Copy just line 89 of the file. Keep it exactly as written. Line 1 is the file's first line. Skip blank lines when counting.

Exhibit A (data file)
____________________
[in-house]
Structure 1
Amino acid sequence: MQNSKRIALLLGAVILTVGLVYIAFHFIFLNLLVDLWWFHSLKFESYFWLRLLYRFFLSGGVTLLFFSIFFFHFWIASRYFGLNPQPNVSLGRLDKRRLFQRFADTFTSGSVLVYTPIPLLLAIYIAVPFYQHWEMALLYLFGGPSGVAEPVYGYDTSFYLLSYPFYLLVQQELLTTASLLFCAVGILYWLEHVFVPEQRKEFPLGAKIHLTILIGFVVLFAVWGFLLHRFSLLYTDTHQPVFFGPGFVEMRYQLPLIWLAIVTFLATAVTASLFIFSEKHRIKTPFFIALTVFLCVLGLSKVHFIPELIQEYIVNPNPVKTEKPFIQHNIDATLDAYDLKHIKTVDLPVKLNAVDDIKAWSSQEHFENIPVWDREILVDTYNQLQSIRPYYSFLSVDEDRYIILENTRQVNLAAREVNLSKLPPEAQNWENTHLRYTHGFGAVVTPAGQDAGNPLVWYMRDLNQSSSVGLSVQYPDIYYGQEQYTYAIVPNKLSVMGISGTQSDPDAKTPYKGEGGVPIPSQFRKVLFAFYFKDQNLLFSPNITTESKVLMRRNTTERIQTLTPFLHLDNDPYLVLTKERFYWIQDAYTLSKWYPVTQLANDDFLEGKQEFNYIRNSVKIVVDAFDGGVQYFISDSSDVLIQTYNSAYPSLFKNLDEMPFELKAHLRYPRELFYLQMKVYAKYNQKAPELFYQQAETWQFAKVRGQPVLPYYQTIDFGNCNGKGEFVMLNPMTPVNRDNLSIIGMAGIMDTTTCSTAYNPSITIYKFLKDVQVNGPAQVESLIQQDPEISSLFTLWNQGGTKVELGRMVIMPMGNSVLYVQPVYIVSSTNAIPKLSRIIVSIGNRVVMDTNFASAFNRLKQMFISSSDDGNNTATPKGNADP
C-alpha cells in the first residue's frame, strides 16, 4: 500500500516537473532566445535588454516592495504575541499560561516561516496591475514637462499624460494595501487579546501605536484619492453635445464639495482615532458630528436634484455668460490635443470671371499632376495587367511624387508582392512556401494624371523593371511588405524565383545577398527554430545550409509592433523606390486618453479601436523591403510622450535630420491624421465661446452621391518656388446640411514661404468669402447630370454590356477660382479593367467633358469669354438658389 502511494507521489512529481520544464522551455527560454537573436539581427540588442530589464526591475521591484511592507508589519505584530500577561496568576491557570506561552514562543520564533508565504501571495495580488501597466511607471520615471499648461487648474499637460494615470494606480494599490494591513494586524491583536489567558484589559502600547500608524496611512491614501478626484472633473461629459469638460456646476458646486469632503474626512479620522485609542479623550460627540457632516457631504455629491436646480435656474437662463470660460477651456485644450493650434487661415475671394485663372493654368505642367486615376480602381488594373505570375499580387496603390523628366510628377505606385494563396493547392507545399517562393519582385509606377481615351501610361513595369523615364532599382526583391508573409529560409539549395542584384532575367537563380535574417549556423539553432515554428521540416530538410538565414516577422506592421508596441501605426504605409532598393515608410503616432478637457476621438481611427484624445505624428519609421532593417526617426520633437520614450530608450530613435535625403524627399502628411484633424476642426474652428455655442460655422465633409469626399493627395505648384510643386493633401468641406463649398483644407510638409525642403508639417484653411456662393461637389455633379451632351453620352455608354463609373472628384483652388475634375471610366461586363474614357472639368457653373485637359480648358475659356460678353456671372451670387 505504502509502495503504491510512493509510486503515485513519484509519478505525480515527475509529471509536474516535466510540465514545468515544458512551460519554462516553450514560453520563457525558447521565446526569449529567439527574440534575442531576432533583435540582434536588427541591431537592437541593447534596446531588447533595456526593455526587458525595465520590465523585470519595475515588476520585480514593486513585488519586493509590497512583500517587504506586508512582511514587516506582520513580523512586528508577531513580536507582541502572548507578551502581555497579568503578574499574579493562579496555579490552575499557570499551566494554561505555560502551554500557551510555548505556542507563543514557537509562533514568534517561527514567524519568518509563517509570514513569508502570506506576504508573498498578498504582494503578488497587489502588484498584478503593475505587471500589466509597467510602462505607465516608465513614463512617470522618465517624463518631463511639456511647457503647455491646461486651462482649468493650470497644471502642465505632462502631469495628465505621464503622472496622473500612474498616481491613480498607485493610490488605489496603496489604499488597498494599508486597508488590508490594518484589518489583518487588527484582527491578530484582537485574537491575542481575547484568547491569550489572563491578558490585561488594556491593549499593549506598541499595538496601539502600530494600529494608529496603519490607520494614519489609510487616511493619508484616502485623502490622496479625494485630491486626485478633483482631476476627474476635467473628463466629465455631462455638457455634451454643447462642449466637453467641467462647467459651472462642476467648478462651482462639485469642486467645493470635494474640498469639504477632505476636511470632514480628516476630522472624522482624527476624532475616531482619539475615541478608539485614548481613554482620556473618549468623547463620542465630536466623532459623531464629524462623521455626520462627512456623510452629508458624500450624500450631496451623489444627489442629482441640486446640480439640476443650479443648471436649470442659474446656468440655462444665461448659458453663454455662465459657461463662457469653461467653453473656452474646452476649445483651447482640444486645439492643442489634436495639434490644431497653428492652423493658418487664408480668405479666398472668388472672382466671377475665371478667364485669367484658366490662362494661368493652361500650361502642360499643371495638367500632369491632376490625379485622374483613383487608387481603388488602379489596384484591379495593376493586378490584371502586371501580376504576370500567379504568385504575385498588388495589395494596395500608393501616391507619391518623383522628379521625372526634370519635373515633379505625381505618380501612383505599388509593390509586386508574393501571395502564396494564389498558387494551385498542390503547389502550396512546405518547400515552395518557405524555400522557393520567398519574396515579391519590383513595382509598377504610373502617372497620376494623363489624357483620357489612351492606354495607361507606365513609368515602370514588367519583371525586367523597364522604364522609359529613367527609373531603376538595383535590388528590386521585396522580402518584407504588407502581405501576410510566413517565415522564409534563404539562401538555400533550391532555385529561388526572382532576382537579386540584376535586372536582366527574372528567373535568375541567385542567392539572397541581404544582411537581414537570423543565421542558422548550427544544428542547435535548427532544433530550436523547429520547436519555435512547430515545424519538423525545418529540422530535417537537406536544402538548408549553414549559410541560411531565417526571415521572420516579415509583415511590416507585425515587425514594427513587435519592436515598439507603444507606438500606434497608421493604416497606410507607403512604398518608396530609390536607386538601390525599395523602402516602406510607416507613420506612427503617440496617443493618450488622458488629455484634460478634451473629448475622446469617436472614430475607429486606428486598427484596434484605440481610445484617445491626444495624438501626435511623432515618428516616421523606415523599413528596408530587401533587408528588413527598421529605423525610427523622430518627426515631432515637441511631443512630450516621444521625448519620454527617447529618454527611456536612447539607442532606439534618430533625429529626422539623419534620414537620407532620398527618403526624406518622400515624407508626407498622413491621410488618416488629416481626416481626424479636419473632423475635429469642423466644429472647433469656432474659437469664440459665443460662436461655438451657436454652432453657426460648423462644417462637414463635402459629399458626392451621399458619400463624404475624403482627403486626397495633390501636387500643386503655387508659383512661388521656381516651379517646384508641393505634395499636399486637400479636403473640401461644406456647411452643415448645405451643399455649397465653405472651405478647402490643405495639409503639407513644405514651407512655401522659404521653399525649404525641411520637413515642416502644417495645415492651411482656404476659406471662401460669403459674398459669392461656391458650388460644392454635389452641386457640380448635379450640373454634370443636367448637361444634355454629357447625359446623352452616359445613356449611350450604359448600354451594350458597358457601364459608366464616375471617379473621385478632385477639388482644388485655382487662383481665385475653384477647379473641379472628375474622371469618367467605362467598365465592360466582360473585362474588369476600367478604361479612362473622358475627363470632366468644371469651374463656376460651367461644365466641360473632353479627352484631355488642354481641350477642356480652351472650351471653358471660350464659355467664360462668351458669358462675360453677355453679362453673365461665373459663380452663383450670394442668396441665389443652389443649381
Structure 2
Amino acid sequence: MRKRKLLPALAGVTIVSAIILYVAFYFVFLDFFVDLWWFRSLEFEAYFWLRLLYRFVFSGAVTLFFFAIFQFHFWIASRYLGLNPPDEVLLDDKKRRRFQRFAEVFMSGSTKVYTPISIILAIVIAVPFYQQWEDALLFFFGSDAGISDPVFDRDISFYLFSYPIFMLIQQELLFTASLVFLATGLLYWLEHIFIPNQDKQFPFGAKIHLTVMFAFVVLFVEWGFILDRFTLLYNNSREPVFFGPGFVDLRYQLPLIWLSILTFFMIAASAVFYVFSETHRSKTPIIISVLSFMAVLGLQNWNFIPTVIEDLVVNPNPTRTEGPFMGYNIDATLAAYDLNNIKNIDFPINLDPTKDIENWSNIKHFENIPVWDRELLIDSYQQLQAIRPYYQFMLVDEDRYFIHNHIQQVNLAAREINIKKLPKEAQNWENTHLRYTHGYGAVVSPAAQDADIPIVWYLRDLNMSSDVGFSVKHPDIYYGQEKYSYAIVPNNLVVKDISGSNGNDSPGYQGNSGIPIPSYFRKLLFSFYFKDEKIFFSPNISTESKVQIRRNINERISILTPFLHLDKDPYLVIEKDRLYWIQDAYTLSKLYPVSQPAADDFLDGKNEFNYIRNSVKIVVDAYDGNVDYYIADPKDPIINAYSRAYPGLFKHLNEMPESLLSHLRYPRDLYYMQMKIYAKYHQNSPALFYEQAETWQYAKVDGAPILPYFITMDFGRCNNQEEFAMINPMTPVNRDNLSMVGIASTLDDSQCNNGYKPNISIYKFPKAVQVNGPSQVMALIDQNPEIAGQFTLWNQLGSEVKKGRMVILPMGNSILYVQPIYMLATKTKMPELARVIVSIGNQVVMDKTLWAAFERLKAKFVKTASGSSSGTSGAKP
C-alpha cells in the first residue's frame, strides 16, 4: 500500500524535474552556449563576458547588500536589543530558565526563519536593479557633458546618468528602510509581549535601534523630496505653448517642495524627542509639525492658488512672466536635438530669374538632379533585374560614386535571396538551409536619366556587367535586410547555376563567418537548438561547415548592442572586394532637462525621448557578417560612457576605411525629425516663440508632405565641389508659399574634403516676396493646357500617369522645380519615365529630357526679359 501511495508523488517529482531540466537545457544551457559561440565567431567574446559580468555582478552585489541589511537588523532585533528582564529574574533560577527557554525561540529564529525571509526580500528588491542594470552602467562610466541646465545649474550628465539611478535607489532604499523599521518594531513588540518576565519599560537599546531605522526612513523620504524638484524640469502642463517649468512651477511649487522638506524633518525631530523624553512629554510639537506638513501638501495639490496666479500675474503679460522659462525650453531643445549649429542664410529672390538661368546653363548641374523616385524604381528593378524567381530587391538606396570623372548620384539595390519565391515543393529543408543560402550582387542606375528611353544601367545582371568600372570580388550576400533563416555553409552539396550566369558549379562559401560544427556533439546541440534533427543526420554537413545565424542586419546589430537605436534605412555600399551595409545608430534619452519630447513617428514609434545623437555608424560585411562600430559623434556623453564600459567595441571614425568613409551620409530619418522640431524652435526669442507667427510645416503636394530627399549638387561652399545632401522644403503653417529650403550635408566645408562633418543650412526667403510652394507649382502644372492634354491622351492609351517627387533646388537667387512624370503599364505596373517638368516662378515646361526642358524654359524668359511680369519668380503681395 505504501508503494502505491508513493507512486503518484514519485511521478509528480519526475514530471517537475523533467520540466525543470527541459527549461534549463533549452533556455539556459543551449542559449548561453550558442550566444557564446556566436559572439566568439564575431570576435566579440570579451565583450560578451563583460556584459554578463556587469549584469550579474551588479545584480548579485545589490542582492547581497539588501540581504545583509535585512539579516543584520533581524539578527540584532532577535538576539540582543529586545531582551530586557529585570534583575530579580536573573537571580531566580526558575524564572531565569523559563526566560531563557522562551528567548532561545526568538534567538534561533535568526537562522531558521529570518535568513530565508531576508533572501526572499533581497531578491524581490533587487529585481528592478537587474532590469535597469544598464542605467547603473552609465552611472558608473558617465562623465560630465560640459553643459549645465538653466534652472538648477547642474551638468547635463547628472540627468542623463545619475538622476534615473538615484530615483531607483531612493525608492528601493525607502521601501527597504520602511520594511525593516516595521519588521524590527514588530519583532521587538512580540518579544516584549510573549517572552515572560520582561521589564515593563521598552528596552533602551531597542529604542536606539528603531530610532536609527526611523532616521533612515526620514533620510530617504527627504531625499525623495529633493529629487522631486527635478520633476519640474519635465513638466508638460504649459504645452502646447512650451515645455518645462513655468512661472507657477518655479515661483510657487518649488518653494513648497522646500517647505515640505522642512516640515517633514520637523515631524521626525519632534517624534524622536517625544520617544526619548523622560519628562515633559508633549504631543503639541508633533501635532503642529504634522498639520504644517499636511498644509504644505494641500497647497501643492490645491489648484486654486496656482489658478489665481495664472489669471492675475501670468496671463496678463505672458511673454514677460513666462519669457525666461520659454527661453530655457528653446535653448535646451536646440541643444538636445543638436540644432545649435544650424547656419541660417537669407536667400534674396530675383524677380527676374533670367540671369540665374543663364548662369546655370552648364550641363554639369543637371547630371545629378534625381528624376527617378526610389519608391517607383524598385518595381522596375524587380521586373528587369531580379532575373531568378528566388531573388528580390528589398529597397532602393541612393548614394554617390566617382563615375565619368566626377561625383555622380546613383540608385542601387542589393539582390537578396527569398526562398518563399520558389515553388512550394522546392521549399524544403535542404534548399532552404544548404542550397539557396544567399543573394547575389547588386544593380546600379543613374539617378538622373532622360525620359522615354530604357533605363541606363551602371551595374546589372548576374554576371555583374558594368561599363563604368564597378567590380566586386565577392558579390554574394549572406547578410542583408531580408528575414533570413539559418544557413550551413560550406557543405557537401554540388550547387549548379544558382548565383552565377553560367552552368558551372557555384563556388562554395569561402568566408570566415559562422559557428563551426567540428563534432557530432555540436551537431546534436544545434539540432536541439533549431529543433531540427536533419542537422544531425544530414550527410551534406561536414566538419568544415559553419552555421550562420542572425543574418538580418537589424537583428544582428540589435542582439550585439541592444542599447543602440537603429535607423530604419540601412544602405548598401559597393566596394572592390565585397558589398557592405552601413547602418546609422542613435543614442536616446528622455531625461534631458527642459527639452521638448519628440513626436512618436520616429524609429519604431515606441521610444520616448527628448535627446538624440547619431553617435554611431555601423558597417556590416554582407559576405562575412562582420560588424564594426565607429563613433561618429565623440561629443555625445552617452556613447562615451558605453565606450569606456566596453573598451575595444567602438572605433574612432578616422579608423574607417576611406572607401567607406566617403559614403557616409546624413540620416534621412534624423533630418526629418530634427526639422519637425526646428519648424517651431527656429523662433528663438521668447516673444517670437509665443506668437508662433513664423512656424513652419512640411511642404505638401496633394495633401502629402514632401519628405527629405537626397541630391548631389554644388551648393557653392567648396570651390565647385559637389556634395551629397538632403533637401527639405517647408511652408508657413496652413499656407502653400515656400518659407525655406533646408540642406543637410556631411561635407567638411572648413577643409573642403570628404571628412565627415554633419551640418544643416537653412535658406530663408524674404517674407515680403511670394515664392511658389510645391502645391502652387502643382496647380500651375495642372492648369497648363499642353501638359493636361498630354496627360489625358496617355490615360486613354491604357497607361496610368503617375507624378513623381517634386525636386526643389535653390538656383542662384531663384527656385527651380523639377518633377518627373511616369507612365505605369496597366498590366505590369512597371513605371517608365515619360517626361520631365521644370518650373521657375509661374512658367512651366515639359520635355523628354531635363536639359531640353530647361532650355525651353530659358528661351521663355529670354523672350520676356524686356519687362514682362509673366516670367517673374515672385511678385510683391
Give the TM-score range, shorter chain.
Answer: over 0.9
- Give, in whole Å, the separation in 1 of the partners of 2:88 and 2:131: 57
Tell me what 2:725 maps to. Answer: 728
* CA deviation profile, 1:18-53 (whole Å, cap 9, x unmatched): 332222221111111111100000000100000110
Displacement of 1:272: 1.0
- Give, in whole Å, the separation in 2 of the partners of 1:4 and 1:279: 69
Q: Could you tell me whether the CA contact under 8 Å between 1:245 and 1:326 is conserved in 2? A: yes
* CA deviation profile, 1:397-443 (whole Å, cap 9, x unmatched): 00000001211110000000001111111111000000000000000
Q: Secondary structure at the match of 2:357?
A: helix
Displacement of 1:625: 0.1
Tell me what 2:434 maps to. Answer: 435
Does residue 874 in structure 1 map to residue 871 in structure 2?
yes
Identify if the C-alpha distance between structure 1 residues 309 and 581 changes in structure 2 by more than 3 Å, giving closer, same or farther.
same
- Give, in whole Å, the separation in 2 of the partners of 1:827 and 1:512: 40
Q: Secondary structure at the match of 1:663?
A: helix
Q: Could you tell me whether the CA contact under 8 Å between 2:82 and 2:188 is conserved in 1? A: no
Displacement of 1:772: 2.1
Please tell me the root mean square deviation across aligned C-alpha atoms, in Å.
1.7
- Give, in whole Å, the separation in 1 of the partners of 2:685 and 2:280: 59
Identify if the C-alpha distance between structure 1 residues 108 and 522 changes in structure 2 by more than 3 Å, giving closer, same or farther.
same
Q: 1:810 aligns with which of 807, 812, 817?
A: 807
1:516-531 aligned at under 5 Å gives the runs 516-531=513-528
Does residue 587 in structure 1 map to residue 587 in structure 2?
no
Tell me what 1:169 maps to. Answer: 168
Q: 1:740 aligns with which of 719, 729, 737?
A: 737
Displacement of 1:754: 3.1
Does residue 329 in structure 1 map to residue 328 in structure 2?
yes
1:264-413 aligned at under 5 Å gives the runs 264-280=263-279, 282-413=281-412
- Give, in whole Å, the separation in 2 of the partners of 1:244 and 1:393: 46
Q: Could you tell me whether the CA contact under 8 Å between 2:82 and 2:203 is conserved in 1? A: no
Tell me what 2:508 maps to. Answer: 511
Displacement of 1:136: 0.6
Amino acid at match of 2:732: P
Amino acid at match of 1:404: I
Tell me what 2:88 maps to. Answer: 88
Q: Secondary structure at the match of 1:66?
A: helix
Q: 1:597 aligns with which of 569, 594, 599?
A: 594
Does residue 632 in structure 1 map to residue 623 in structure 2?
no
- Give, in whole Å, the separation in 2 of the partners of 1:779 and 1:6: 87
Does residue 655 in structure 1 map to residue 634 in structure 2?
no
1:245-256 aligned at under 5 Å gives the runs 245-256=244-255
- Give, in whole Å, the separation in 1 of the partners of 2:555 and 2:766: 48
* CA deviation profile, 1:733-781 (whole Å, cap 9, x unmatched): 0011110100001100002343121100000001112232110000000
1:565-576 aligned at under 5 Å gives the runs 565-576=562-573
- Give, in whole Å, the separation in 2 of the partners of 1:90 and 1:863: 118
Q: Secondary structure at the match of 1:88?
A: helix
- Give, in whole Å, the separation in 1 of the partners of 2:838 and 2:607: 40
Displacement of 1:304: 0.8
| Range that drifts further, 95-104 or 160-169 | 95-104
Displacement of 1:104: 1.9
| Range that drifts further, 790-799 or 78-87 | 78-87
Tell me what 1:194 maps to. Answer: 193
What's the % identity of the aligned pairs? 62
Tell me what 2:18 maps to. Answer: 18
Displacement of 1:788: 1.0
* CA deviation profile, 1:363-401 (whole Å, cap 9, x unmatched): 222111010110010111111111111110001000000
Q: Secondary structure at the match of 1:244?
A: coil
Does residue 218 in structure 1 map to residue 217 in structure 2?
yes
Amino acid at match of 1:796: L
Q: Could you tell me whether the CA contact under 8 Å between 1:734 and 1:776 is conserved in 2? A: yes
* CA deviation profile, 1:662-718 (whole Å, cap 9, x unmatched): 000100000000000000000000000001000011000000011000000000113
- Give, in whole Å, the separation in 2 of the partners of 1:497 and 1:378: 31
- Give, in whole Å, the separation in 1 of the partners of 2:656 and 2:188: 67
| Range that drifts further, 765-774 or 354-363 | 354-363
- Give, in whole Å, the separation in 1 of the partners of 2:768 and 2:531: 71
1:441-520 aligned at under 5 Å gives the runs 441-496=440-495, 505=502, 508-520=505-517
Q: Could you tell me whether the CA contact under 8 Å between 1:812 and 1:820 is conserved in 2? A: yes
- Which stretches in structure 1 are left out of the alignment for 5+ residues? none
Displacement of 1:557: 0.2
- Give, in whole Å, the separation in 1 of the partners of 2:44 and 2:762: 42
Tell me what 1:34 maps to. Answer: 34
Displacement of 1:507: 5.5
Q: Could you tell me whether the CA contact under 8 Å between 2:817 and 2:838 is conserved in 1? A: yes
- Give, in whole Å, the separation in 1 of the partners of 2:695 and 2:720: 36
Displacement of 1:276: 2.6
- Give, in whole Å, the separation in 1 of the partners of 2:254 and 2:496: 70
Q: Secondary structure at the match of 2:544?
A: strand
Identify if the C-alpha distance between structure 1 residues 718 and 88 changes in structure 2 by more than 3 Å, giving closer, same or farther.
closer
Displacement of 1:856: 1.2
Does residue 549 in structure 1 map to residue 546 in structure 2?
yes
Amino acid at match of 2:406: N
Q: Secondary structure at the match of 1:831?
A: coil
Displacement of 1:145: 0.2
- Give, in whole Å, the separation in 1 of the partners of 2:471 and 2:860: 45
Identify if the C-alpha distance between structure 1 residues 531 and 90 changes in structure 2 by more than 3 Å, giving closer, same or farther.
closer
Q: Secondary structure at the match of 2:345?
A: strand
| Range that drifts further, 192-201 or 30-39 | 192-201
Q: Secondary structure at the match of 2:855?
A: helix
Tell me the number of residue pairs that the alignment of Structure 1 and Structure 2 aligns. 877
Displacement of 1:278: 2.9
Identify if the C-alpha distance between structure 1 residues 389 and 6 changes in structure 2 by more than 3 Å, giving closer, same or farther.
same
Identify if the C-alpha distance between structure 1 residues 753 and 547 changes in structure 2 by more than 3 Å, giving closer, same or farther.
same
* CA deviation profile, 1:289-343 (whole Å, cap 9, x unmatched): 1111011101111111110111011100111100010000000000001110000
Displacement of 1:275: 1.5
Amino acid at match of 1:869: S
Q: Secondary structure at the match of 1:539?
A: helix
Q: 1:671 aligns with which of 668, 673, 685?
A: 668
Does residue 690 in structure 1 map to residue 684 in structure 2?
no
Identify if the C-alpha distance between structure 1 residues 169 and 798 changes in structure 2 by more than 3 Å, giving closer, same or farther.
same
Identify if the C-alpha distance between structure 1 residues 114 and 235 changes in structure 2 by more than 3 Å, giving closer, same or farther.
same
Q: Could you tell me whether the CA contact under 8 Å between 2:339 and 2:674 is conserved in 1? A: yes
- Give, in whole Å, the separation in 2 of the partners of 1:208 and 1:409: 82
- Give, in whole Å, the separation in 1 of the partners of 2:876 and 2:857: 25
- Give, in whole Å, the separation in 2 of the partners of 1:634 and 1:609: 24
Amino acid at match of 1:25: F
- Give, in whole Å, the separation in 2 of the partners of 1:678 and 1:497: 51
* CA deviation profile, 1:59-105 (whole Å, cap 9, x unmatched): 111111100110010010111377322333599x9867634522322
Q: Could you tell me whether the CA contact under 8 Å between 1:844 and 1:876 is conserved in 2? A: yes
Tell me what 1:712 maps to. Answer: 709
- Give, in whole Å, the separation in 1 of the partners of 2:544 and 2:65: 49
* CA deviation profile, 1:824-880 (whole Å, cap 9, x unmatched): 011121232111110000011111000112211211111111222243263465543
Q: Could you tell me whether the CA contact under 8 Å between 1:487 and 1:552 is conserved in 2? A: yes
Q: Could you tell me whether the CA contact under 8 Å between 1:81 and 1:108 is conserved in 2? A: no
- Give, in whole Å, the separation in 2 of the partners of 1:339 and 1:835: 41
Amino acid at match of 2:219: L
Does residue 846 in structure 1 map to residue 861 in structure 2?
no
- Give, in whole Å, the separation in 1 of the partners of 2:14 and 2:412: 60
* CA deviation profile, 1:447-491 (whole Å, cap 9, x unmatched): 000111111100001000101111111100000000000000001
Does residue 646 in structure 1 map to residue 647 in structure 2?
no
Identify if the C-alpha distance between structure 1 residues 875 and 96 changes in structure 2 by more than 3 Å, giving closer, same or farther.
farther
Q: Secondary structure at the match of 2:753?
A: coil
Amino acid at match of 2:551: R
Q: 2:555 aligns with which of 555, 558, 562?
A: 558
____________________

| Range that drifts further, 765-774 or 354-363 | 354-363